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It's All Routine

It's All Routine

I first encountered the concept of the standard desktop environment when I was a sales representative with Michael Faktor's Sigma Data in the late 1980s. Back then it represented an obstacle to my progress in the Telecom account. It was only much later, when I attended a speech by Compass Analysis, the operational benchmarking company, that I began to appreciate the real significance of the standard desktop. Compass presented on best practice at the desktop and their talk highlighted the trademarks of organisations that had the PC under control.

In particular, Compass emphasised that these IT departments maintained a strong centralised control of the PC environment through disciplines such as standardised software configurations, change control and a formalised help desk for support. In my discussions with InTEP members it has been clear to me that more and more companies are recognising the importance of maintaining a standard desktop environment. However, the real challenge for many larger organisations seems to be maintaining the standard given the dynamic nature of the desktop and the vast geography of Australia.

Many are starting to explore an emerging solution called enterprise systems management (ESM). This term seems to be piggy-backing on the accepted wisdom of integrated systems as promoted by the ERP vendors. At its core ESM provides a set of comprehensive tools by which an organisation can manage all facets of its IS environment. For large companies, anxious to maintain standard environments -- especially at the desktop -- it would seem essential. This is because it helps automate routine and laborious tasks such as software distribution, change management and disaster recovery. However, research from Computer Economics in the US in 1997 shows that many CIOs are yet to be convinced on the merits of ESM. When asked to rank the importance of ESM 35 per cent said average and 25 per cent rated it minimal. Other research by IDC in the same year supported this by revealing that the majority of CIOs in the US were allocating under $US50,000 of their budgets to the purchase of ESM tools.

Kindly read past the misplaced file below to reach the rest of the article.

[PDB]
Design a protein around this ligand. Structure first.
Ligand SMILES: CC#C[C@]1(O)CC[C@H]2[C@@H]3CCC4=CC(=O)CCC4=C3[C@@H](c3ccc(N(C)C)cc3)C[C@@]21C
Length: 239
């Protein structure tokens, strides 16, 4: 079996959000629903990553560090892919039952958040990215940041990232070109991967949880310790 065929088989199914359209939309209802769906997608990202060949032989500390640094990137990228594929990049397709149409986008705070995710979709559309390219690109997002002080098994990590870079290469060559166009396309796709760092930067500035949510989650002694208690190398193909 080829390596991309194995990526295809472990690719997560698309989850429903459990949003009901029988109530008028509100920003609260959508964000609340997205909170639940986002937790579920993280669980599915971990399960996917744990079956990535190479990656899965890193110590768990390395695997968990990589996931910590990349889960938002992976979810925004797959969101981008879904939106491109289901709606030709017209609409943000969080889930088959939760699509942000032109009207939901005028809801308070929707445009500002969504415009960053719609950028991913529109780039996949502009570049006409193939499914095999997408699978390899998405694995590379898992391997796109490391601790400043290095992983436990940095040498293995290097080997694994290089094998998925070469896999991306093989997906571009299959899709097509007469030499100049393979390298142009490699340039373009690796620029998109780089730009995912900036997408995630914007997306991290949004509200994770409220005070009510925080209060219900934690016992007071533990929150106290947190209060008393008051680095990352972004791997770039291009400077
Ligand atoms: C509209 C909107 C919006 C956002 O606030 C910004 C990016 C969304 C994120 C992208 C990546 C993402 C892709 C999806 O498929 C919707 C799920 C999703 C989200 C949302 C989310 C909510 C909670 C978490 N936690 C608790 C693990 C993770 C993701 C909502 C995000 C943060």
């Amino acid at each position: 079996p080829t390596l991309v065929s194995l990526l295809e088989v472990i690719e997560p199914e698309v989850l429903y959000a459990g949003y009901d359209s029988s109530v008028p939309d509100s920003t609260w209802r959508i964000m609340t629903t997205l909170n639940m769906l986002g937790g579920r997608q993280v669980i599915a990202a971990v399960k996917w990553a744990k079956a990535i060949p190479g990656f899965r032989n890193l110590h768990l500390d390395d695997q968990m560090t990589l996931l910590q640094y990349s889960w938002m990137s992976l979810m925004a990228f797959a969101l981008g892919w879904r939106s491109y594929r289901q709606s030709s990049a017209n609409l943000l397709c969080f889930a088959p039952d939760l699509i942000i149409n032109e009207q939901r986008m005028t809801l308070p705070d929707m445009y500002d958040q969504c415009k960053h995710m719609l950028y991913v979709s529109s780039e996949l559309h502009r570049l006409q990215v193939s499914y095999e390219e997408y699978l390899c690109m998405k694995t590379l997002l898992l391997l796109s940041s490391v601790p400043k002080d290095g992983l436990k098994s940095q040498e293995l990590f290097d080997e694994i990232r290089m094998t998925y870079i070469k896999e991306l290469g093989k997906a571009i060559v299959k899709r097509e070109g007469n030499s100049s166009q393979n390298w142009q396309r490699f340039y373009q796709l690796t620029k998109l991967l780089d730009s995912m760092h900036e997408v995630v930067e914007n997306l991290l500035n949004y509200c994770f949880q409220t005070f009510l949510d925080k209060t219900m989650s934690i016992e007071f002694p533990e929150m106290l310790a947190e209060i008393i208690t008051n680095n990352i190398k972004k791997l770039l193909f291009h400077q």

Perhaps though the challenge lies in the fact that the comprehensive nature of ESM is not appreciated by many CIOs. This was highlighted by research I carried out last year for an ESM vendor. I interviewed senior IS executives in top 500 companies and asked what they understood by ESM. 50 per cent viewed it purely as a network management solution while only 31 per cent saw it as a total systems administration tool. Furthermore, 19 per cent considered it solely in the context of an ERP solution.

These findings are reinforced by the IDC Systems Manager survey. forty-seven per cent of respondents were implementing an ESM solution to improve systems availability. Despite the evidence of Compass Analysis that best practice IT departments devote above average resources for support, another 24 per cent wanted to use ESM to reduce support staff. Only 6 per cent of systems managers hoped ESM would lower their support costs or enhance the performance of their IS systems. This appears to represent the biggest challenge for ESM. Only a small number of organisations have undertaken an audited operational benchmark to measure their true costs of running IS. As such, how can you measure the return on investment when you do not know the true costs in the first place and so cannot quantify the savings that automation via ESM will provide. Moreover, the comprehensive nature of ESM means it crosses departmental boundaries and, like IS infrastructure, the business case for it needs the support of multiple executives. Nevertheless, other IDC research shows that ESM is gaining in popularity. In its forecast for the global ESM market over the next five years IDC predicted a 79 per cent compound annual growth rate. As such, it is likely that more CIOs will be embracing the advantages of ESM in the near future. If so, the task of ensuring a common desktop environment looks as if it might get easier in the coming years.

Peter Hind is the manager of User Programs, which includes InTEP, at IDC Australia

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